Anatomy and Physiology of the Chemoreceptor Trigger Zone and Area Postrema
It was not until the vomiting centre itself was correctly localized in the bulbar reticular formation that the idea of a separate chemosensory station could be formulated (Borison and Wang 1953). Figure 1 shows where the vomiting centre was thought to be located before 1949 (panel A) and then where it was mapped by Borison and Wang (1949) (panel B). Earlier workers (Hatcher and Weiss 1923) simply assumed that the vomiting centre was inherently responsive to “centrally-acting” emetic drugs applied locally to the ala cinerea on the brain surface; whereas, we used direct electrical stimulation to activate the centre in the parenchymal reticular formation. Indeed, there is at present no neuropharmacological basis for attributing any functional chemoselectivity to the particular medullary neurons that comprise the vomiting centre.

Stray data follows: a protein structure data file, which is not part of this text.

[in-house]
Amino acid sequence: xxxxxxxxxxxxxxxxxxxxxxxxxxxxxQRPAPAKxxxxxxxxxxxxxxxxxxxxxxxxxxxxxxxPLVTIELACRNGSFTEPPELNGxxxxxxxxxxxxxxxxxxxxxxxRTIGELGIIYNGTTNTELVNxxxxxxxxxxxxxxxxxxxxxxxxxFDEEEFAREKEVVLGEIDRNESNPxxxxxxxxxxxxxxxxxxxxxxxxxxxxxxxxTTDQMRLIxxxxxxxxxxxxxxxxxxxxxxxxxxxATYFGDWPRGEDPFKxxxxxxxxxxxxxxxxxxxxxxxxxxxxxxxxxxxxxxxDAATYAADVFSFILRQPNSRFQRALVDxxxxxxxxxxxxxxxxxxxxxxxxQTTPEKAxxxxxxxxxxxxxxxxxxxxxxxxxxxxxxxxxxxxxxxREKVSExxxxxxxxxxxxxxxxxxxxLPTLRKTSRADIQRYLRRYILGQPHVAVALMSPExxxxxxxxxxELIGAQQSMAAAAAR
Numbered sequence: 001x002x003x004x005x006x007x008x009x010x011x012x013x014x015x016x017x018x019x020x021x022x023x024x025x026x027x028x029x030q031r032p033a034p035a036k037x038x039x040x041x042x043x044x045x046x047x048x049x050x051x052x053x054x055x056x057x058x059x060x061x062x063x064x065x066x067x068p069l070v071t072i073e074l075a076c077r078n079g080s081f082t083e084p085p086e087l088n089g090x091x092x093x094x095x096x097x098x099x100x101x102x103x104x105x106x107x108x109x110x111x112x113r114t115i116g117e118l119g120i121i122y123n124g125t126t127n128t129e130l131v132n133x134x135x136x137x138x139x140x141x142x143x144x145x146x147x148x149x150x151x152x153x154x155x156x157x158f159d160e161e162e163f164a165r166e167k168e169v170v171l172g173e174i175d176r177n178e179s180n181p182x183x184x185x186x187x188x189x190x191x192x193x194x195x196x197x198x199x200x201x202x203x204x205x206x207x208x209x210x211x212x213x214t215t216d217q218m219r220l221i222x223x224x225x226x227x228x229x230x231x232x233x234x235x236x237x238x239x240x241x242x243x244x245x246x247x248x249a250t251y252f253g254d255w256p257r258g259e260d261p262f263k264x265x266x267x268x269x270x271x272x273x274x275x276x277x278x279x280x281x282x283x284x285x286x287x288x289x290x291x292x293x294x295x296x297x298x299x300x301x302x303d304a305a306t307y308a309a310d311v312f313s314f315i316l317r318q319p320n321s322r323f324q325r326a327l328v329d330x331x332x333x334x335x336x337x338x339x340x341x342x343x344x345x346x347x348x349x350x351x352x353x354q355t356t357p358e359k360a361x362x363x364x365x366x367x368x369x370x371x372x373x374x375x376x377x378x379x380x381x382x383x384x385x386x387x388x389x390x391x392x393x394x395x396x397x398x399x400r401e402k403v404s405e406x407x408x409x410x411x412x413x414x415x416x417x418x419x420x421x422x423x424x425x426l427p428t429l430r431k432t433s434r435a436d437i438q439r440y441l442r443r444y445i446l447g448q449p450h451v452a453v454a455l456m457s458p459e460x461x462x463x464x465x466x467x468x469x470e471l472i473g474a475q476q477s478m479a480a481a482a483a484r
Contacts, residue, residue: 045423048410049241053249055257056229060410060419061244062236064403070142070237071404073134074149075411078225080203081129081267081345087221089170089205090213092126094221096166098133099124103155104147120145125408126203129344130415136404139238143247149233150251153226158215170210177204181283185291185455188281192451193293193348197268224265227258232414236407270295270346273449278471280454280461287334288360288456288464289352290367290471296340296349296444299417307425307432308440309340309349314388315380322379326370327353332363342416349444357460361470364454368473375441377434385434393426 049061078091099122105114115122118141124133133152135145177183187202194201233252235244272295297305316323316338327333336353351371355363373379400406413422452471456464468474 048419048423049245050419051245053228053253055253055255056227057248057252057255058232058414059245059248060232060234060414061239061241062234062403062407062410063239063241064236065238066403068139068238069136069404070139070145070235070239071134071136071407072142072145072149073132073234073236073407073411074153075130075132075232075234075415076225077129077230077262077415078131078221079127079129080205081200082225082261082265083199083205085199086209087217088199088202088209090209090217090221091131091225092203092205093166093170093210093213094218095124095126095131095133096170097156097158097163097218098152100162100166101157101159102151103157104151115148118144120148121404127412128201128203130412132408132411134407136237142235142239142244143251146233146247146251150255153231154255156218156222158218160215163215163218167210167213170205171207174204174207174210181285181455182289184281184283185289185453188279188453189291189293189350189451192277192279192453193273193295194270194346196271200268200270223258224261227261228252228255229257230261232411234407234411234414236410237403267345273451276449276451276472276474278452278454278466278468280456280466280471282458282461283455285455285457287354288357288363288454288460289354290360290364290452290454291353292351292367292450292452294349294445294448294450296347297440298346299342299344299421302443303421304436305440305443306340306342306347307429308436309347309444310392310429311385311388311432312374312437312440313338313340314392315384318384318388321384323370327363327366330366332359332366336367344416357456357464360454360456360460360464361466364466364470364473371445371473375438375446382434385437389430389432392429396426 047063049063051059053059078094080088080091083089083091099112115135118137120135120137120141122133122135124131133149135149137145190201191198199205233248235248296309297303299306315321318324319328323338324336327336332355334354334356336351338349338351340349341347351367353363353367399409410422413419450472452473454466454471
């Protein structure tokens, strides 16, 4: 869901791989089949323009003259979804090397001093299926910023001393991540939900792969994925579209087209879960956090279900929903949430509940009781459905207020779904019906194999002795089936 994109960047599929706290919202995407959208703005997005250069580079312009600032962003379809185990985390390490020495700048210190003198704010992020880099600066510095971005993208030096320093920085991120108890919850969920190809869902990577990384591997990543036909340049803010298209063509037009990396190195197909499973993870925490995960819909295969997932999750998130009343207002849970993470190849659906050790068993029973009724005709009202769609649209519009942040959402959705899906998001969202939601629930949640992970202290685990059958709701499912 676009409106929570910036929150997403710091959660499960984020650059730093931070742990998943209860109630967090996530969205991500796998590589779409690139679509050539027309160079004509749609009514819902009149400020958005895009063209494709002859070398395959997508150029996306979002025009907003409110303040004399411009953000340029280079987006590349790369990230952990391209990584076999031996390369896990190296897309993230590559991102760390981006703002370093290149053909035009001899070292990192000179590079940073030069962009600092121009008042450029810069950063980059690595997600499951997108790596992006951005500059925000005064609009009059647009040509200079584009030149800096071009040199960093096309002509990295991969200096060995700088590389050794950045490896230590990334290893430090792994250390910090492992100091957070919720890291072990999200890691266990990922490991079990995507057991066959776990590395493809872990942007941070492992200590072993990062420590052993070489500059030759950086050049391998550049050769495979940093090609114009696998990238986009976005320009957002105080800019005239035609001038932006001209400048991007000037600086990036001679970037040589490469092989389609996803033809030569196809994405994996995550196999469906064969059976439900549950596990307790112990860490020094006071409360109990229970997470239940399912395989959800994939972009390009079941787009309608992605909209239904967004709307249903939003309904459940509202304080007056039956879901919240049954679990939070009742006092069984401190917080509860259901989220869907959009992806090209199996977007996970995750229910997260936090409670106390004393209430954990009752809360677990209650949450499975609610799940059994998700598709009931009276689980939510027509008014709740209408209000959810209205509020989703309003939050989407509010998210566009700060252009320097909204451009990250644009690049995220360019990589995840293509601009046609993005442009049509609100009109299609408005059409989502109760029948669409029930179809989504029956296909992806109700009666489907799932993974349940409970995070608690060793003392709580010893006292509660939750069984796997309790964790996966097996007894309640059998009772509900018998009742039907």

KeywordsCarotid Body Motion Sickness Posterior Inferior Cerebellar Artery Area Postrema Direct Electrical Stimulation
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